The importance of a balanced ω-6 to ω-3 ratio in the prevention and management of obesity
Artemis P Simopoulos, James J DiNicolantonio
Open Heart 2016 3: penhrt-2015-000385
International organisations and many scientists continue to consider obesity the result of an imbalance between energy intake and expenditure. Citing the law of thermodynamics, scientists and industries articulated the concept of ‘a calorie is a calorie’…. These approaches continue to be espoused today, despite the scientiﬁc evidence that ‘a calorie is not a calorie’, and that the sources of calories are important in inﬂuencing human metabolism and appetite control.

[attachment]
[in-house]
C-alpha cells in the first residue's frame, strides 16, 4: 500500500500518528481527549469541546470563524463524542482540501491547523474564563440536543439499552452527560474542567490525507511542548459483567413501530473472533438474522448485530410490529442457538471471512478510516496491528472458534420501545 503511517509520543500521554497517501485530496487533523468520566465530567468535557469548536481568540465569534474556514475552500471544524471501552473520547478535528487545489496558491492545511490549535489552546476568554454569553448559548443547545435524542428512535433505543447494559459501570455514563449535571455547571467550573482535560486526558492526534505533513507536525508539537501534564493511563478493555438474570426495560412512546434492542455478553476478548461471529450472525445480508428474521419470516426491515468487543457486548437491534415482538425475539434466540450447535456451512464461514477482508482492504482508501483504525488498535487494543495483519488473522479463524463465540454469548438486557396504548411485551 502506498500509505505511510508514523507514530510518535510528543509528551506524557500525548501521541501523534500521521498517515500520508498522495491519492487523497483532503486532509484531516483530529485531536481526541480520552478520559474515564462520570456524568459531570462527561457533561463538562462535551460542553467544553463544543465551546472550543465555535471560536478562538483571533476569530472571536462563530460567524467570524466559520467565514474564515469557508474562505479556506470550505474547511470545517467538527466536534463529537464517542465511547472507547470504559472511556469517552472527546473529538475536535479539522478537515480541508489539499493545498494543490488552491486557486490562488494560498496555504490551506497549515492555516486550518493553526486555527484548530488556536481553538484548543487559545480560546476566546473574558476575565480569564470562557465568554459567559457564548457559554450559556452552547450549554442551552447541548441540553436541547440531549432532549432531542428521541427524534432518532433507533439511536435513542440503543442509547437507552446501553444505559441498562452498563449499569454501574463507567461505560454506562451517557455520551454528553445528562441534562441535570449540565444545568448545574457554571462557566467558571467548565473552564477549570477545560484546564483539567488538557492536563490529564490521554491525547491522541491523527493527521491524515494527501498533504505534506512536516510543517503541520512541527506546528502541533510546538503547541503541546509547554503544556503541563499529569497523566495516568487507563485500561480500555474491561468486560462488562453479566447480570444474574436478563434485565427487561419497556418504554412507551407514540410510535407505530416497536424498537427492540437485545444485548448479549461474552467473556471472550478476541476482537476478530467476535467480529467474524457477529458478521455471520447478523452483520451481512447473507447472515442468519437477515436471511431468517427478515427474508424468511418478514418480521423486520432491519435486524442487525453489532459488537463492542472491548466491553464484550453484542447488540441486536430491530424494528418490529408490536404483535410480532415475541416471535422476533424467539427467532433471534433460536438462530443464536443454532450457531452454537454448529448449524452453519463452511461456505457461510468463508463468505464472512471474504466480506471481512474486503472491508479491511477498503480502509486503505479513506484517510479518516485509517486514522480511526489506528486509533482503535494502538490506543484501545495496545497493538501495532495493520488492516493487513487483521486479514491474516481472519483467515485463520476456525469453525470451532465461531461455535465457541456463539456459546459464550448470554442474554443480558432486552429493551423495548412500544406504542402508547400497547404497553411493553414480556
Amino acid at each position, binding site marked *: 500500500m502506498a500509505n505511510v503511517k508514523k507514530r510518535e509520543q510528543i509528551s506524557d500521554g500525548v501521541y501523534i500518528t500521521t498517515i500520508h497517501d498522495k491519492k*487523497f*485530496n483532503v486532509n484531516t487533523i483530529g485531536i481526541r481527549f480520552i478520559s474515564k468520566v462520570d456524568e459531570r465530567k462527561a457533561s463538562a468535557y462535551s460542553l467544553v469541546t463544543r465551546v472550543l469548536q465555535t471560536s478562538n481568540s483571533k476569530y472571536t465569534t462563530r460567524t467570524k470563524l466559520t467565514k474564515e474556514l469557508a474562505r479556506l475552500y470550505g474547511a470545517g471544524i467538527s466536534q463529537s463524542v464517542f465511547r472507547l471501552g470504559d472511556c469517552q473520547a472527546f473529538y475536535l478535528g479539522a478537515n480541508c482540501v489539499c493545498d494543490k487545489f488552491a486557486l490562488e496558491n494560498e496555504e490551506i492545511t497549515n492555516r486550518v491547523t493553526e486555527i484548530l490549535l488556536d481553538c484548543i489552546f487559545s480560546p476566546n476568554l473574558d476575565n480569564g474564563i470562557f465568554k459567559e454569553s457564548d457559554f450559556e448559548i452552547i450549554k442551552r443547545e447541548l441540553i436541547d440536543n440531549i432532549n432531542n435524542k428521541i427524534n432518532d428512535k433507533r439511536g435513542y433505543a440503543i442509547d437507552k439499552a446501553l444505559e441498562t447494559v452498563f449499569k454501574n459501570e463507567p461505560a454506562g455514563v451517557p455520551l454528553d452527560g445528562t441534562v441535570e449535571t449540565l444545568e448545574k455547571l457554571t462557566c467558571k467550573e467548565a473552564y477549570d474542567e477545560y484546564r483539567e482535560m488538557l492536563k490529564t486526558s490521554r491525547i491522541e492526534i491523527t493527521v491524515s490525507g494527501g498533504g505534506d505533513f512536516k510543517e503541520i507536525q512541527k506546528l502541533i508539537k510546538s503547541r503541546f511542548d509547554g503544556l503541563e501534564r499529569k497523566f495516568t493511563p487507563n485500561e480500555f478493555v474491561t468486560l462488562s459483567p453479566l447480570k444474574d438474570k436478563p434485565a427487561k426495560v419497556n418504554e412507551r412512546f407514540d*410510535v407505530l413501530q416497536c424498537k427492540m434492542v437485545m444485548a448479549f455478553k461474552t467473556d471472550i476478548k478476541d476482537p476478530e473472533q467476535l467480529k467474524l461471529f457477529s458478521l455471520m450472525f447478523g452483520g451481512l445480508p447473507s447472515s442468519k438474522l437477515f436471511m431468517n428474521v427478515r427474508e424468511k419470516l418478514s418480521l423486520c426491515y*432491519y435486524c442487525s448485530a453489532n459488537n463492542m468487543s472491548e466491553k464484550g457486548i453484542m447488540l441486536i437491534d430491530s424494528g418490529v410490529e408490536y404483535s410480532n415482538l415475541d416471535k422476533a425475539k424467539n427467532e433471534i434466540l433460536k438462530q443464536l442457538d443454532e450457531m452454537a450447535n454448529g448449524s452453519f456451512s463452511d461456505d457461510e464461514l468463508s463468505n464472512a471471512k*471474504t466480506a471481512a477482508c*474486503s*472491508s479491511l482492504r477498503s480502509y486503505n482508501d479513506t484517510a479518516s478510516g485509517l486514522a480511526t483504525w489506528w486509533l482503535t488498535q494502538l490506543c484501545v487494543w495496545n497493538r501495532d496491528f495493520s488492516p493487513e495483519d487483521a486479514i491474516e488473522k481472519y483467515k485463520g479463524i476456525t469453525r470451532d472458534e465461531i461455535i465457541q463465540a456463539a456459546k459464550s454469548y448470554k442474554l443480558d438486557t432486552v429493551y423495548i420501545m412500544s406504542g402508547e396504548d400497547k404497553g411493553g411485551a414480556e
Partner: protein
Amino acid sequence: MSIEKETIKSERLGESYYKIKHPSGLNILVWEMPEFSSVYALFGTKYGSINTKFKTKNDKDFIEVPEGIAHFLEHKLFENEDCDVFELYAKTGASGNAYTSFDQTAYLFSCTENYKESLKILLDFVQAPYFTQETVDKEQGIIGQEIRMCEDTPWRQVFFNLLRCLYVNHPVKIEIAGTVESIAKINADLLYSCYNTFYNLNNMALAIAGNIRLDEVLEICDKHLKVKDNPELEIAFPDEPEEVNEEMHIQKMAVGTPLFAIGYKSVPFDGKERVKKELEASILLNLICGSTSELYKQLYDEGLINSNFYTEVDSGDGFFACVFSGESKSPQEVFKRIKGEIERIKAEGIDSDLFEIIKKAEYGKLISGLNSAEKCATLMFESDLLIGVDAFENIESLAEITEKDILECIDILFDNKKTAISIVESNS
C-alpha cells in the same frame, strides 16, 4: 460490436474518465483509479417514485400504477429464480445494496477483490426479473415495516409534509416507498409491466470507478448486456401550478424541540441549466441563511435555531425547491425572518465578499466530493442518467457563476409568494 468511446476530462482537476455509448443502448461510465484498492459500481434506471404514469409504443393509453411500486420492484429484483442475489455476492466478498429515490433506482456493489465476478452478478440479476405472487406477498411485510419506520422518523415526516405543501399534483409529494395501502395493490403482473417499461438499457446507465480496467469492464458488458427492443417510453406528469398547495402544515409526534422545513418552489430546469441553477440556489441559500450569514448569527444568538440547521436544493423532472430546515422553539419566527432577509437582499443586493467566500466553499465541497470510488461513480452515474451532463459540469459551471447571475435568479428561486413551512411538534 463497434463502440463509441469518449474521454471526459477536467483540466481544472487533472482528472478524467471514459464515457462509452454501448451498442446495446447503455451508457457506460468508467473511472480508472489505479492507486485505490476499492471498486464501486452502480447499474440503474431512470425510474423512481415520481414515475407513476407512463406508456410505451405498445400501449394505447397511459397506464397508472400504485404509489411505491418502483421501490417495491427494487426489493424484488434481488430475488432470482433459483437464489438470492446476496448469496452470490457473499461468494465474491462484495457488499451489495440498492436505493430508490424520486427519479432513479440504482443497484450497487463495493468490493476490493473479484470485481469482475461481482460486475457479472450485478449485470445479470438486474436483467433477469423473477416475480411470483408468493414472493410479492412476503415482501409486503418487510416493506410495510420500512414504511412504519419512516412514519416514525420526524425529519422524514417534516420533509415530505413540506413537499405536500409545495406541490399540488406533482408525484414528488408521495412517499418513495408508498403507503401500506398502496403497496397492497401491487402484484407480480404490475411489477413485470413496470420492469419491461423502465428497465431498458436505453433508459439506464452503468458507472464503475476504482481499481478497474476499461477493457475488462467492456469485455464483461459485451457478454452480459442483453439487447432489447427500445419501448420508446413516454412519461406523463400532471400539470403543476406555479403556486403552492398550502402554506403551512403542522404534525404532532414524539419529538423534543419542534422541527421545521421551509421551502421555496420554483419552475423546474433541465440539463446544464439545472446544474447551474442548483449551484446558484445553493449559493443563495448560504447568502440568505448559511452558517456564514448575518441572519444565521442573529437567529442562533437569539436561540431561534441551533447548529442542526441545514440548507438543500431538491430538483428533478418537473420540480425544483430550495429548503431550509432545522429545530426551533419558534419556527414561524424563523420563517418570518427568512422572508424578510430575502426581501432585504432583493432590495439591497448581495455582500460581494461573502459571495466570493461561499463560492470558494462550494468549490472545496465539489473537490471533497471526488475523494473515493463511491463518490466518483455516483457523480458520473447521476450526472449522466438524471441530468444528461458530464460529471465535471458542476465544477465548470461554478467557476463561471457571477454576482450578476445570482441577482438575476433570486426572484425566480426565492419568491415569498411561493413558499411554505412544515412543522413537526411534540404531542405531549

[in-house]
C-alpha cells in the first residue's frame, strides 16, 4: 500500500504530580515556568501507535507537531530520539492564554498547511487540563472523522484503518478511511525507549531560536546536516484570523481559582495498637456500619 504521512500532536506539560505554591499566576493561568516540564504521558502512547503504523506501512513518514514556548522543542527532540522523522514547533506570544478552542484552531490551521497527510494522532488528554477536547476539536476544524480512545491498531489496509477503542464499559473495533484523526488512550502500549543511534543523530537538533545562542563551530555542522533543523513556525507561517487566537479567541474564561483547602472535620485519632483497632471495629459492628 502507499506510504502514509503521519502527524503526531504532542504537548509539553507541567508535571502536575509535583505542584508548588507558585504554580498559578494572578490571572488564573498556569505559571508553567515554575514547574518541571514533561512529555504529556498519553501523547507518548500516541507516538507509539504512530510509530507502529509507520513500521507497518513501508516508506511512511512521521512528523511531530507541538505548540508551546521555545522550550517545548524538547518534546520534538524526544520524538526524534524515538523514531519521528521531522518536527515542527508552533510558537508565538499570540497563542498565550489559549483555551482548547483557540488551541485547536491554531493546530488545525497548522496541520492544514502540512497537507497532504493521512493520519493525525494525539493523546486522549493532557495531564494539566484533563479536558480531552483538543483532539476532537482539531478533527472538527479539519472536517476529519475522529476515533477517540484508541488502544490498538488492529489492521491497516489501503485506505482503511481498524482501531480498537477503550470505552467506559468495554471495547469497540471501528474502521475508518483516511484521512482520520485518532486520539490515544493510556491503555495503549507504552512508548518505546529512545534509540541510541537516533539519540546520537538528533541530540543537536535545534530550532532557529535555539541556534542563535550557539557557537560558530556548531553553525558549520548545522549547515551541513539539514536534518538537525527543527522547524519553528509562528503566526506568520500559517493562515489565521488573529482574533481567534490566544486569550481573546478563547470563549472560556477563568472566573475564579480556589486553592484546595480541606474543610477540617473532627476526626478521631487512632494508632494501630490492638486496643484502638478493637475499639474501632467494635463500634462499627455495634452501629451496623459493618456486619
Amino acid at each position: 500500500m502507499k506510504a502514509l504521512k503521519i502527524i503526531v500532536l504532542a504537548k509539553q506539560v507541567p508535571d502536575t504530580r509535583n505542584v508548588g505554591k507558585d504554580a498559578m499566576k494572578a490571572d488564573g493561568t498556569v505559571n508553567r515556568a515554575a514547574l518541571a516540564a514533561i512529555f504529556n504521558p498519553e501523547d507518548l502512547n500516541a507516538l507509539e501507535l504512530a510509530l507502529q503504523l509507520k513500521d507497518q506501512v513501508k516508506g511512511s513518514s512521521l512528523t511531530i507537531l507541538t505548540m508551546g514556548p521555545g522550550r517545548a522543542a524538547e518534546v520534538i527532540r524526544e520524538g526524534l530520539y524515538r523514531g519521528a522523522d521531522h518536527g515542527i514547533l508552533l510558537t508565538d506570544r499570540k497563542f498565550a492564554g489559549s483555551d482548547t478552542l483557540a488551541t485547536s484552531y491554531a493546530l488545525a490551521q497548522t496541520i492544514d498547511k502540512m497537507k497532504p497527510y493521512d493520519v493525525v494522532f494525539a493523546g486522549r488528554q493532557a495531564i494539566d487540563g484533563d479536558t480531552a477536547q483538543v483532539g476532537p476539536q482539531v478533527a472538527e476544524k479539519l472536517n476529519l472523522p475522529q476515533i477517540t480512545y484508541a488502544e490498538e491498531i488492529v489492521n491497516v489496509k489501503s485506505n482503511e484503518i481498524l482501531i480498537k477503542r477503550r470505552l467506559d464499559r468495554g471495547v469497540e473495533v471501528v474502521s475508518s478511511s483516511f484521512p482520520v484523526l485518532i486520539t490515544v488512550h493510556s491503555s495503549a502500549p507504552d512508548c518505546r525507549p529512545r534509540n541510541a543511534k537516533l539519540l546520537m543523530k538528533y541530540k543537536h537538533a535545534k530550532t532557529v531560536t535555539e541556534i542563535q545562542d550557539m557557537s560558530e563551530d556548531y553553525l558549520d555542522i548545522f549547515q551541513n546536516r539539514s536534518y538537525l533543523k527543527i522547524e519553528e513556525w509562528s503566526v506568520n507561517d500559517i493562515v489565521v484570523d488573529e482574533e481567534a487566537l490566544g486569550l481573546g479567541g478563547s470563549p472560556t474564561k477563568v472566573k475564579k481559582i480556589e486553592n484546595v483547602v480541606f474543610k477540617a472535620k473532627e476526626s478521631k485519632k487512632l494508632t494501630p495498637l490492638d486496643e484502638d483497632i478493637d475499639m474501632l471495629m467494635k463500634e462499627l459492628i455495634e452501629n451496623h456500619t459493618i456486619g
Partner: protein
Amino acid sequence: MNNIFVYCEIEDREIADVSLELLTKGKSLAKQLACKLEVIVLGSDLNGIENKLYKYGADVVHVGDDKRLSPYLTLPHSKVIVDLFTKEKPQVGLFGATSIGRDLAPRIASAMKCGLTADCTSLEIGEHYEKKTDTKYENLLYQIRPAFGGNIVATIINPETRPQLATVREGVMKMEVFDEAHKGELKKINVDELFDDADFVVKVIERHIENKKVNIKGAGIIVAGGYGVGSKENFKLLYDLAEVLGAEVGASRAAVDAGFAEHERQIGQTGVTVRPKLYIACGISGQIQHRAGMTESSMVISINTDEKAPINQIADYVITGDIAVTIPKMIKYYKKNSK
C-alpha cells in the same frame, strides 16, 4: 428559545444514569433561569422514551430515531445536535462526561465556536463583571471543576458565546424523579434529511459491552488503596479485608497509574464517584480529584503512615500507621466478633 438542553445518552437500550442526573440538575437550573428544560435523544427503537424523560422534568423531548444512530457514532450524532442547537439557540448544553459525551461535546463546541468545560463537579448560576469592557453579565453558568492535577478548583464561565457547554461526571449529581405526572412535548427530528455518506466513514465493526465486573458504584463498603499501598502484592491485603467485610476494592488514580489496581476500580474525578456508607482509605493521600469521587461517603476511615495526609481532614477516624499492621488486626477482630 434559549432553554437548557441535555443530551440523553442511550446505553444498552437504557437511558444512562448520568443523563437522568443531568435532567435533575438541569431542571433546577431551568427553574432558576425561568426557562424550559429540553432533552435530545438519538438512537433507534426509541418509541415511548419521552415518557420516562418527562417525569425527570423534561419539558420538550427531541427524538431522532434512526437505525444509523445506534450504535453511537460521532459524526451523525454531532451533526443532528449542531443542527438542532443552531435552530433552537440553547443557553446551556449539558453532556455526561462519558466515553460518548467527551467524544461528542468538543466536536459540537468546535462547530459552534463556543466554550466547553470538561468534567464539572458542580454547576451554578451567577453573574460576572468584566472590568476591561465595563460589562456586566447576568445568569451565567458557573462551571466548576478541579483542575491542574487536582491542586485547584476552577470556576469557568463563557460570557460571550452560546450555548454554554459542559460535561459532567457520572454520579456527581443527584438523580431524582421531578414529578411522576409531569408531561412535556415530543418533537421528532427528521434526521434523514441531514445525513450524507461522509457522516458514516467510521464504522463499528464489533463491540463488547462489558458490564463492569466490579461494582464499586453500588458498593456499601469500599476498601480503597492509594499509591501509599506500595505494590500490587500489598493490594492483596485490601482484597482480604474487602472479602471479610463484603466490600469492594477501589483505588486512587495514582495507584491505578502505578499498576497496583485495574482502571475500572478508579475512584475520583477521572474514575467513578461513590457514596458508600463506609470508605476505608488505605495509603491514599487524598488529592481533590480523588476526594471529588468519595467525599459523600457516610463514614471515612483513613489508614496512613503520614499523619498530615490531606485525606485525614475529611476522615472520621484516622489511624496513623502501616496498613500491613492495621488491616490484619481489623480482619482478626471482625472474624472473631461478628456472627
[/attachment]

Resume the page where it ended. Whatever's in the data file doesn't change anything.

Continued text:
calories from ω-6 fatty acid intake from vegetable oils high in LA (corn oil, sunﬂower, safﬂower, cottonseed, soya bean oil) have different effects on fat tissue development and type than calories from ω-3 fatty acid intake high in α-linolenic acid (ALA) (such as ﬂaxseed oil, canola oil, perilla oil, chia oil). In addition, high ω-6 fatty acid intake leads to an inﬂammatory state, which is at the basis of obesity and other chronic diseases, whereas calories from ω-3 fatty acids have the opposite effect.
ω-3 fatty acids (EPA and DHA) decrease adipose tissue and produce lipid mediators resolvins, protectins and maresins, which are neuroprotective and lead to resolution of inﬂammation. Furthermore ω-3 fatty acids lead to increased fatty acid oxidation and mitochondrial biogenesis.